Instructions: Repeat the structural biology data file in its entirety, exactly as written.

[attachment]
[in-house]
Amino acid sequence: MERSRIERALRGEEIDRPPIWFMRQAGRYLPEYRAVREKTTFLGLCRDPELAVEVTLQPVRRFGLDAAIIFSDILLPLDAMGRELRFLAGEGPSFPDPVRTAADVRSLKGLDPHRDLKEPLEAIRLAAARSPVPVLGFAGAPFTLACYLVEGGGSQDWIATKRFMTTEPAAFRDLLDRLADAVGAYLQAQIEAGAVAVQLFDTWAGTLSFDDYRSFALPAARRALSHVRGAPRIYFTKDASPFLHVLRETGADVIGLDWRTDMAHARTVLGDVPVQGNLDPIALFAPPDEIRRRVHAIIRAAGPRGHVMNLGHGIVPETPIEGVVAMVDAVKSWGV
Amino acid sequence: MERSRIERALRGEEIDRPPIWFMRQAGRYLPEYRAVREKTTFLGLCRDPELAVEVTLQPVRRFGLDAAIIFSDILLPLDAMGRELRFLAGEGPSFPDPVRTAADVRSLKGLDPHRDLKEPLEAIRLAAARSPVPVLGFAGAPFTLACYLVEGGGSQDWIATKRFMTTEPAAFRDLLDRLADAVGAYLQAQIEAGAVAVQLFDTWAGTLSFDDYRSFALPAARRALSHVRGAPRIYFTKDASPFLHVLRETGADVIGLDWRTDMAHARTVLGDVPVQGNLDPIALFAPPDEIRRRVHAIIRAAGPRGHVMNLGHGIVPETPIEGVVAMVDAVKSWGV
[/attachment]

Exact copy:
[in-house]
Amino acid sequence: MERSRIERALRGEEIDRPPIWFMRQAGRYLPEYRAVREKTTFLGLCRDPELAVEVTLQPVRRFGLDAAIIFSDILLPLDAMGRELRFLAGEGPSFPDPVRTAADVRSLKGLDPHRDLKEPLEAIRLAAARSPVPVLGFAGAPFTLACYLVEGGGSQDWIATKRFMTTEPAAFRDLLDRLADAVGAYLQAQIEAGAVAVQLFDTWAGTLSFDDYRSFALPAARRALSHVRGAPRIYFTKDASPFLHVLRETGADVIGLDWRTDMAHARTVLGDVPVQGNLDPIALFAPPDEIRRRVHAIIRAAGPRGHVMNLGHGIVPETPIEGVVAMVDAVKSWGV
Amino acid sequence: MERSRIERALRGEEIDRPPIWFMRQAGRYLPEYRAVREKTTFLGLCRDPELAVEVTLQPVRRFGLDAAIIFSDILLPLDAMGRELRFLAGEGPSFPDPVRTAADVRSLKGLDPHRDLKEPLEAIRLAAARSPVPVLGFAGAPFTLACYLVEGGGSQDWIATKRFMTTEPAAFRDLLDRLADAVGAYLQAQIEAGAVAVQLFDTWAGTLSFDDYRSFALPAARRALSHVRGAPRIYFTKDASPFLHVLRETGADVIGLDWRTDMAHARTVLGDVPVQGNLDPIALFAPPDEIRRRVHAIIRAAGPRGHVMNLGHGIVPETPIEGVVAMVDAVKSWGV